My family have been big Dodger fans since before I was born. We grew up listening to the great Vin Scully, knowing that if we heard his voice there was no chance we’d be watching cartoons in the living room because the game was on. Jackie Robinson, Branch Rickey, Sandy Koufax, Orel Hershiser and Tommy Lasorda might as well have been saints the way there were revered. I remember celebrating each of those 5 ROYS during the streak and having a huge crush on Eric Karros, then later Shawn Green. My most vivid memories were of the actual games I went to. I remember getting balls signed, cheering for Mike Piazza, Raul Mondesi, Adrian Beltre, even Gary Sheffield when they hit home runs, and rooting on Ramón Martínez, Hideo Nomo, and even Derek Lowe when my brother caught a foul ball. I remember meeting Vin Scully after a game one night and him being so kind and patient with us and even waiving at us as he drove off in his black Lexus while we stood waiving back in awe. I wanted that for Evelyn, to be able to appreciate every moment there.
As a mother I have plenty of irrational fears. I’m know that it’s normal, and many times I’m aware of just how irrational some of my fears are, but one that I could never shake was this idea that Evelyn would fall on the cement steps at a Dodger game, or worse, pick up and peanut and jam it into her mouth before I could stop her. I was also terrified she wouldn’t really have an interest in the game enough to want to see it live. Sure, she’s always liked the Dodgers, especially back when her favorite color was blue. She’d worn the gear and cheered along with us, but she was too young to actively watch the game.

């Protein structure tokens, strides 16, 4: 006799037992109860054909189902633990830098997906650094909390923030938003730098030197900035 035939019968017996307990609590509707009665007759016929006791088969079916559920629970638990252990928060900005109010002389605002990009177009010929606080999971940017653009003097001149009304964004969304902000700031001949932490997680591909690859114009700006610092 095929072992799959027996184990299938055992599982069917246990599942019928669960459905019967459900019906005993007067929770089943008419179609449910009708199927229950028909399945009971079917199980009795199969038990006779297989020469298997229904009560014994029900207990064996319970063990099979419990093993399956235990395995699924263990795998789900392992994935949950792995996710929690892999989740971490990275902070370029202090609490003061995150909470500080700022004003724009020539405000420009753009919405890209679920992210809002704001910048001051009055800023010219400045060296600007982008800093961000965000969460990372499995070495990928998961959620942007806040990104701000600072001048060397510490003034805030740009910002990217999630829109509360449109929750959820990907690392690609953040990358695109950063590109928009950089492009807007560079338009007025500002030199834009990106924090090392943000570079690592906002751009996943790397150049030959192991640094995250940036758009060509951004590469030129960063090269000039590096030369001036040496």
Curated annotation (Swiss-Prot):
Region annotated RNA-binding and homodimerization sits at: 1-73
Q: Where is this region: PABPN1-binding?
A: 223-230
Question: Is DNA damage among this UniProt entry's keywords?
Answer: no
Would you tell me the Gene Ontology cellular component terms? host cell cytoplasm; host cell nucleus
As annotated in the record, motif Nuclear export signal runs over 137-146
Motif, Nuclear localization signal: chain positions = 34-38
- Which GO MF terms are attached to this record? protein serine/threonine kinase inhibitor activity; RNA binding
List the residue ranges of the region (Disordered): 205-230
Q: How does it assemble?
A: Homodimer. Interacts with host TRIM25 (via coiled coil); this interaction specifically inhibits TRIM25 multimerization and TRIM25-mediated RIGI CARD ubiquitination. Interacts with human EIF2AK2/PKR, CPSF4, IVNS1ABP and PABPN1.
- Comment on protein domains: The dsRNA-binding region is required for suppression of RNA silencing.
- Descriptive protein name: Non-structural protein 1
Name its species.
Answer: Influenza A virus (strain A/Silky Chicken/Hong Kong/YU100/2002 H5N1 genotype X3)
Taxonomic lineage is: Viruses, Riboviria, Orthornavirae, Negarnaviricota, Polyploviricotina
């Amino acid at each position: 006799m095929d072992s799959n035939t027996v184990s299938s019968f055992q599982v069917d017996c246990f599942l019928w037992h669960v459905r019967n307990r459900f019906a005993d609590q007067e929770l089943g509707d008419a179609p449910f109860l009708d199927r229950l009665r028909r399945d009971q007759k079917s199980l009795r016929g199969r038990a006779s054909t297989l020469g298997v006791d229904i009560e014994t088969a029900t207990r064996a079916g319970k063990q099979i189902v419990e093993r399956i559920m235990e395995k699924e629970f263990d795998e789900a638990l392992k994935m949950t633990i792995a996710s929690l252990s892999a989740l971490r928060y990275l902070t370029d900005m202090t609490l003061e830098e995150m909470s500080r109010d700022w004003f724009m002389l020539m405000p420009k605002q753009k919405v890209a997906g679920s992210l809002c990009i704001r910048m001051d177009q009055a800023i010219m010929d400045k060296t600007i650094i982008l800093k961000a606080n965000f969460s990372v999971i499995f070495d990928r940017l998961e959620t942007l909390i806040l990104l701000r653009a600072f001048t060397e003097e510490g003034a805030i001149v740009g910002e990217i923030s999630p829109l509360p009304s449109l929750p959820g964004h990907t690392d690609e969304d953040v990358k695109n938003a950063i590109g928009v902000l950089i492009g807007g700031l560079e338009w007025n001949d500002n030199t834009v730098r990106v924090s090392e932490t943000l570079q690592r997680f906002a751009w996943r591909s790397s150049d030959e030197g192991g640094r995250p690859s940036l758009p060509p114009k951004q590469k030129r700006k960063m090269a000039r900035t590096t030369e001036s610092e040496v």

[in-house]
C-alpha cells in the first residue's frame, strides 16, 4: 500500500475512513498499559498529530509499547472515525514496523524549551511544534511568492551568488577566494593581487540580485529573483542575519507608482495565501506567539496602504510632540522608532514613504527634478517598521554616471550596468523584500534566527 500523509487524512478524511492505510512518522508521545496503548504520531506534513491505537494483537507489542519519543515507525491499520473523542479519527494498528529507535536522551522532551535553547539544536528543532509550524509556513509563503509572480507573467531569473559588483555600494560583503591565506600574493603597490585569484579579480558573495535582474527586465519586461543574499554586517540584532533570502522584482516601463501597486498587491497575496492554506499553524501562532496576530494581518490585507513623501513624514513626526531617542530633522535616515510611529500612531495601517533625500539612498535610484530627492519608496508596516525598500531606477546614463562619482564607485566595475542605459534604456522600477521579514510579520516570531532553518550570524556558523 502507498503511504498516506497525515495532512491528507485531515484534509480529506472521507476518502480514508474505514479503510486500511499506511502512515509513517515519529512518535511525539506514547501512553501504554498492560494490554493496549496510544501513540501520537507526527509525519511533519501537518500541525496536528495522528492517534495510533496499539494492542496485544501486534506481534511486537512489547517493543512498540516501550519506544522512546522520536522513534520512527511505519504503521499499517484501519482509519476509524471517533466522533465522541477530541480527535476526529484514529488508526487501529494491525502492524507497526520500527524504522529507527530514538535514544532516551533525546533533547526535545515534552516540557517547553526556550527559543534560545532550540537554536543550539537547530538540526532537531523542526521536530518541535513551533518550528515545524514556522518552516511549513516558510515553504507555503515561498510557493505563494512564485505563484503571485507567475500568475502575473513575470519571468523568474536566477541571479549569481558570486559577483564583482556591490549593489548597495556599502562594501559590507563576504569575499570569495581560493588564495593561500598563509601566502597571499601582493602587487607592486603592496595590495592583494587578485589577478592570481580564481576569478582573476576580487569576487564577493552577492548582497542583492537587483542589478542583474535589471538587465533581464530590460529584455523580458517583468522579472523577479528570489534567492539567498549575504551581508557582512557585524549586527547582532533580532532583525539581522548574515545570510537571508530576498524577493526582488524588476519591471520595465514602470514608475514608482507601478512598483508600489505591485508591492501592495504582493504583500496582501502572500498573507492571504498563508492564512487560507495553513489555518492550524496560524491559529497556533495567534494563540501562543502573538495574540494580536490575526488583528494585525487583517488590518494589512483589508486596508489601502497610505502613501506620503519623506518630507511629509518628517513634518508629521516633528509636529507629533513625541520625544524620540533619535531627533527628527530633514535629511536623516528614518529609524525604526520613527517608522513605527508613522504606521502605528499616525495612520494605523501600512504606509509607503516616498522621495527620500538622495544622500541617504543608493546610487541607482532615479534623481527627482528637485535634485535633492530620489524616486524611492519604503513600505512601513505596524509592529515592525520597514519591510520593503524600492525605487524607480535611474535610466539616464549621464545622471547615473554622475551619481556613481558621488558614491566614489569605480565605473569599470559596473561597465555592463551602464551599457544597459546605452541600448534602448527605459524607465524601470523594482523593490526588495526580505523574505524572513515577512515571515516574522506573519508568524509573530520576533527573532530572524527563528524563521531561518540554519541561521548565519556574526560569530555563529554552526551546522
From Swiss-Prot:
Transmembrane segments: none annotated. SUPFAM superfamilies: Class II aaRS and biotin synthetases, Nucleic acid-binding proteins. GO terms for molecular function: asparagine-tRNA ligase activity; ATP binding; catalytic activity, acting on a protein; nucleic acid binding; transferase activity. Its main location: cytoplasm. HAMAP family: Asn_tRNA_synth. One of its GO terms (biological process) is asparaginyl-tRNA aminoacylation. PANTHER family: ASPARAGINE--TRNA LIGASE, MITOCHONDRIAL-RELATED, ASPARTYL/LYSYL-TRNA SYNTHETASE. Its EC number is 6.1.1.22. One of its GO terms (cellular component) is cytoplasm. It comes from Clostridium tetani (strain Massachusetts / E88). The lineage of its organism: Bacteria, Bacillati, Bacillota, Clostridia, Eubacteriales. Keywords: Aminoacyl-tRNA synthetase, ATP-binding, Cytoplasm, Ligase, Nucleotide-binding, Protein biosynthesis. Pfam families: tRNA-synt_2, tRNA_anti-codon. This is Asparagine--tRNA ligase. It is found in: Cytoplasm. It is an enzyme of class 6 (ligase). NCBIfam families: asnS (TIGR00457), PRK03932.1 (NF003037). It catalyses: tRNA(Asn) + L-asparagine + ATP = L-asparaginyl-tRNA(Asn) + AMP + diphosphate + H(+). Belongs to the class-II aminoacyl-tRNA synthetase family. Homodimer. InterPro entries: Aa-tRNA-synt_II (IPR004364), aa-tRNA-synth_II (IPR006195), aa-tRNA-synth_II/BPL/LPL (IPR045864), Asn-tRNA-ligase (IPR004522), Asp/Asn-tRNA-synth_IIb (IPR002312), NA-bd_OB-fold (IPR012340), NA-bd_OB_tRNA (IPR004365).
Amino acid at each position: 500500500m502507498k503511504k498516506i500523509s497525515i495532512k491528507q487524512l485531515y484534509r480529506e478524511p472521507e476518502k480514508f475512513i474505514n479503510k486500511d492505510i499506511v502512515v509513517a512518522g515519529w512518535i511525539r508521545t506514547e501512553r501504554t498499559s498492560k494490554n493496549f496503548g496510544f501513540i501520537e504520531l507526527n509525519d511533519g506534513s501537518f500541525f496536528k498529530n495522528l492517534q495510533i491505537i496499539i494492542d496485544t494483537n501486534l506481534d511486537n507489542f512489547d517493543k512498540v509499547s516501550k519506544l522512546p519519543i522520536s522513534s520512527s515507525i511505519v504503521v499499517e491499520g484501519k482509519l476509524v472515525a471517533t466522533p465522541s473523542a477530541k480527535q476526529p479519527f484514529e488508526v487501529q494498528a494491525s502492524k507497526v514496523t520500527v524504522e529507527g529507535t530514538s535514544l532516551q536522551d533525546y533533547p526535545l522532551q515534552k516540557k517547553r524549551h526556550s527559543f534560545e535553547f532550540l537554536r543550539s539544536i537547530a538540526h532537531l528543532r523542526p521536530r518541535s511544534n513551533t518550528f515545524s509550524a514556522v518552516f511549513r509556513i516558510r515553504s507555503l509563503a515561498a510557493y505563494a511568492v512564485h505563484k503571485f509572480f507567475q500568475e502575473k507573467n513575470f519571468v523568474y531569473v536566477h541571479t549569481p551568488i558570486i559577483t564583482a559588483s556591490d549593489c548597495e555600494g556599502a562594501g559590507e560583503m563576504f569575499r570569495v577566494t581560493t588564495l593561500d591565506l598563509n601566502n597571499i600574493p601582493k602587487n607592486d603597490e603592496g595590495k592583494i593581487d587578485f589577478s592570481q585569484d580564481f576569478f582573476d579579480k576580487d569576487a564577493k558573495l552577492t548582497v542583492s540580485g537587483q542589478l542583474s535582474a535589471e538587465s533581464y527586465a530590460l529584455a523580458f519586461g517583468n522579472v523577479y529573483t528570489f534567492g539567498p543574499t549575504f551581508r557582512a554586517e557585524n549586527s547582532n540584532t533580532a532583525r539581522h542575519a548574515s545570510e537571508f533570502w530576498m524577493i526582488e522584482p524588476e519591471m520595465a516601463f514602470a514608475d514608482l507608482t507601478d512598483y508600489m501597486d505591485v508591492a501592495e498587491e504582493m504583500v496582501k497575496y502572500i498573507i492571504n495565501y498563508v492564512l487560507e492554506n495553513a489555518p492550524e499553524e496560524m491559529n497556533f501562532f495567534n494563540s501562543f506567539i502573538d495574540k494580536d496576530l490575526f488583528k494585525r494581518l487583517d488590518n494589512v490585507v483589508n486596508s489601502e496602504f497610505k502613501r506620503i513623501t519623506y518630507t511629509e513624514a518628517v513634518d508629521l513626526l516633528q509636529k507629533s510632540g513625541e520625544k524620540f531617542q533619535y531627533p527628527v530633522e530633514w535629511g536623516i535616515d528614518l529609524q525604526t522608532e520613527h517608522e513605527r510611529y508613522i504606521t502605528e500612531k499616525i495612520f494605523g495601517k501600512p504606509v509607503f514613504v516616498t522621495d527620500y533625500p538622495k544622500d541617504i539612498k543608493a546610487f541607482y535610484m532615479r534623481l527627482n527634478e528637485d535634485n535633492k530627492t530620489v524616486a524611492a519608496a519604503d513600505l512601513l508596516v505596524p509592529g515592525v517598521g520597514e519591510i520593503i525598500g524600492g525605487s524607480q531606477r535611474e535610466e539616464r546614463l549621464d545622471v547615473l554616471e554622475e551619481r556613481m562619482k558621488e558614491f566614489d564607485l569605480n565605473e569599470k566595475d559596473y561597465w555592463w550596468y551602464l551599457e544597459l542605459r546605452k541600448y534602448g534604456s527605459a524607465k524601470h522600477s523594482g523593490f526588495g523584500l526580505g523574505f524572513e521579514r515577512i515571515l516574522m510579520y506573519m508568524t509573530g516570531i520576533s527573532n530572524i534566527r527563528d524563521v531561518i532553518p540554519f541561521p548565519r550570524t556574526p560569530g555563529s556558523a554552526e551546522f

From the start of this season, I knew it was time. Evelyn began to show a genuine interest in that thing we all watched called baseball. It may have been because she was wondering why we kept randomly reacting to the TV or radio, but an interest she did take and I had to capitalize on it. I started to explain what was going on and taught her the jargon. I’d done this before but this was the first time that she not only understood most of what I was talking about, but actually responded positively about it. Now she was an official Dodger fan. Besides that, I was confident that she understood the her allergy at this point and I was pretty sure she wouldn’t pull a humpty dumpty on me with those cement steps. So I got tickets.
We went to the game with my sister Veronica and nephew Elijah. Evelyn had the time of her life. I couldn’t or daren’t have imagined a better outcome. She cheered and chanted between munching on snacks and was excited to be there the entire time.